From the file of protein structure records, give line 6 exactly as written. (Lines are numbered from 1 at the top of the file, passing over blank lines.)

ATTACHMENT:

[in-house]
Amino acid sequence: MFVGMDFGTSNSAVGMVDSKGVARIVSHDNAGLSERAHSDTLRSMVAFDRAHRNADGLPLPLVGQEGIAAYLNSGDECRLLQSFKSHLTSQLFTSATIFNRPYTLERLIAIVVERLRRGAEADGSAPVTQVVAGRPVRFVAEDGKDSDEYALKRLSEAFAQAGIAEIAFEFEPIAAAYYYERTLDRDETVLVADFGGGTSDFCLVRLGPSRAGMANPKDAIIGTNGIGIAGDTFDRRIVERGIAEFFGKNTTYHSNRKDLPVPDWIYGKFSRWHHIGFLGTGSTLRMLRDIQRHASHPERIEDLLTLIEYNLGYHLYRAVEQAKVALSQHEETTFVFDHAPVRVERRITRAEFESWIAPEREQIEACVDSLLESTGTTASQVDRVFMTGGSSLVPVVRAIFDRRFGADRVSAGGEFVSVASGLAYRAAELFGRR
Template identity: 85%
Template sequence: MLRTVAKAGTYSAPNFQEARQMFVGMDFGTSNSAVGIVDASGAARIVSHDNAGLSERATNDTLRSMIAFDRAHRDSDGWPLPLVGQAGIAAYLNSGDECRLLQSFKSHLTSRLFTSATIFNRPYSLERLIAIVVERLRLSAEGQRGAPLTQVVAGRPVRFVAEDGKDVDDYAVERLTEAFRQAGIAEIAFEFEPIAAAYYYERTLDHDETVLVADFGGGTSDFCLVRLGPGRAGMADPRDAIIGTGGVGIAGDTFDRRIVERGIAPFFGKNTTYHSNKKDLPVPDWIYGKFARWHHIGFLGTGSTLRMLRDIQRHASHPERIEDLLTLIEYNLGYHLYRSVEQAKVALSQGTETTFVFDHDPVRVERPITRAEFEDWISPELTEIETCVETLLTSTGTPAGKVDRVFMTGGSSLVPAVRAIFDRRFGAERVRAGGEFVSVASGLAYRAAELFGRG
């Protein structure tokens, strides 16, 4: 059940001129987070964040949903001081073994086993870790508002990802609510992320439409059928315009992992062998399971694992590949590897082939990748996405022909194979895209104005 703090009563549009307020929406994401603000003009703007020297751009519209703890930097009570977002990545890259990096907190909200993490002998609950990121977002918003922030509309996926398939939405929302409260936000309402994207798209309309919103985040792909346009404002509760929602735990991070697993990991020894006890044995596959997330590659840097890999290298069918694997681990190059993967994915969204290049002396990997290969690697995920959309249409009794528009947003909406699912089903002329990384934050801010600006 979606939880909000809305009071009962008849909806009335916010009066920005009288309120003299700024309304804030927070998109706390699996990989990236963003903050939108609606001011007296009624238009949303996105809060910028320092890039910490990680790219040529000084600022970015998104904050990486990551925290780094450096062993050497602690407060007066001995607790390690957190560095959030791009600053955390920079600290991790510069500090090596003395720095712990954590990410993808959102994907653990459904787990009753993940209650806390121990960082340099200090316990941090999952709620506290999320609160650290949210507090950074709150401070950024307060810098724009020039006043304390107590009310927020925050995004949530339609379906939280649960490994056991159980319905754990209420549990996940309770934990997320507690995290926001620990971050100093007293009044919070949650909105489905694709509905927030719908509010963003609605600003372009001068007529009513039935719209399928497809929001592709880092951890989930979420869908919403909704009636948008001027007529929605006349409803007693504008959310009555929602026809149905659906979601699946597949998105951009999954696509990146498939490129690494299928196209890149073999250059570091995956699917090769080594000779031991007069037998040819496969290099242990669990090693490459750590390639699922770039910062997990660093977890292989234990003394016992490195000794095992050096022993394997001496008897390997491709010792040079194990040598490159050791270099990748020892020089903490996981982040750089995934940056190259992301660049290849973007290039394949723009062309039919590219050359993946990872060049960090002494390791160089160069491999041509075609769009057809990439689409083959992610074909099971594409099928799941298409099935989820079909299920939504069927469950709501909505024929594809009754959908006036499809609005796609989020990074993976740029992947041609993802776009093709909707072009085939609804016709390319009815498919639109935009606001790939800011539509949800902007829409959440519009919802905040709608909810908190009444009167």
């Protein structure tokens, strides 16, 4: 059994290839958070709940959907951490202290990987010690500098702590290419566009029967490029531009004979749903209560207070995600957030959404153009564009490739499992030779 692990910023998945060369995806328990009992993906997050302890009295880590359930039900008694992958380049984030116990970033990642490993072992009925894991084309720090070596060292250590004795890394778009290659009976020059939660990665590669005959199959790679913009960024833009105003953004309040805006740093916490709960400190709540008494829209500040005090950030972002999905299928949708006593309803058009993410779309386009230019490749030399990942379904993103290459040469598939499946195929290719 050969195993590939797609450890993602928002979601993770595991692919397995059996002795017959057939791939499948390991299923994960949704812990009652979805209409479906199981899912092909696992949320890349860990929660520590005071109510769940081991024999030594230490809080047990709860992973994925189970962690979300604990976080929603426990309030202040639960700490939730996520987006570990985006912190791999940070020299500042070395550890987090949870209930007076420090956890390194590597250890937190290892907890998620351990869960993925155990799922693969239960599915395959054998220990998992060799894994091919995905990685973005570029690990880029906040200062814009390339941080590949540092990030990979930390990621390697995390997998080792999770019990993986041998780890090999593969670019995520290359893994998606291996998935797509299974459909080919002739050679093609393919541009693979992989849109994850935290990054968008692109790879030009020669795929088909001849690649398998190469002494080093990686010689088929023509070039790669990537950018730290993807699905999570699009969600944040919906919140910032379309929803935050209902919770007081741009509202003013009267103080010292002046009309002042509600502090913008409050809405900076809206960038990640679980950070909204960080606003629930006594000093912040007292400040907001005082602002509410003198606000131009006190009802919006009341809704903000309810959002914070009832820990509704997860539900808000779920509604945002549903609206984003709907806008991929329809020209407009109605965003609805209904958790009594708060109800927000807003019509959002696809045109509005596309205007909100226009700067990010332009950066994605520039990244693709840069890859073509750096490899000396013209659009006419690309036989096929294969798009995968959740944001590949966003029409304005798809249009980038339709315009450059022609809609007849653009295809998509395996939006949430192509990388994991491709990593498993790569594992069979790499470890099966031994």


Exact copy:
């Protein structure tokens, strides 16, 4: 059994290839958070709940959907951490202290990987010690500098702590290419566009029967490029531009004979749903209560207070995600957030959404153009564009490739499992030779 692990910023998945060369995806328990009992993906997050302890009295880590359930039900008694992958380049984030116990970033990642490993072992009925894991084309720090070596060292250590004795890394778009290659009976020059939660990665590669005959199959790679913009960024833009105003953004309040805006740093916490709960400190709540008494829209500040005090950030972002999905299928949708006593309803058009993410779309386009230019490749030399990942379904993103290459040469598939499946195929290719 050969195993590939797609450890993602928002979601993770595991692919397995059996002795017959057939791939499948390991299923994960949704812990009652979805209409479906199981899912092909696992949320890349860990929660520590005071109510769940081991024999030594230490809080047990709860992973994925189970962690979300604990976080929603426990309030202040639960700490939730996520987006570990985006912190791999940070020299500042070395550890987090949870209930007076420090956890390194590597250890937190290892907890998620351990869960993925155990799922693969239960599915395959054998220990998992060799894994091919995905990685973005570029690990880029906040200062814009390339941080590949540092990030990979930390990621390697995390997998080792999770019990993986041998780890090999593969670019995520290359893994998606291996998935797509299974459909080919002739050679093609393919541009693979992989849109994850935290990054968008692109790879030009020669795929088909001849690649398998190469002494080093990686010689088929023509070039790669990537950018730290993807699905999570699009969600944040919906919140910032379309929803935050209902919770007081741009509202003013009267103080010292002046009309002042509600502090913008409050809405900076809206960038990640679980950070909204960080606003629930006594000093912040007292400040907001005082602002509410003198606000131009006190009802919006009341809704903000309810959002914070009832820990509704997860539900808000779920509604945002549903609206984003709907806008991929329809020209407009109605965003609805209904958790009594708060109800927000807003019509959002696809045109509005596309205007909100226009700067990010332009950066994605520039990244693709840069890859073509750096490899000396013209659009006419690309036989096929294969798009995968959740944001590949966003029409304005798809249009980038339709315009450059022609809609007849653009295809998509395996939006949430192509990388994991491709990593498993790569594992069979790499470890099966031994």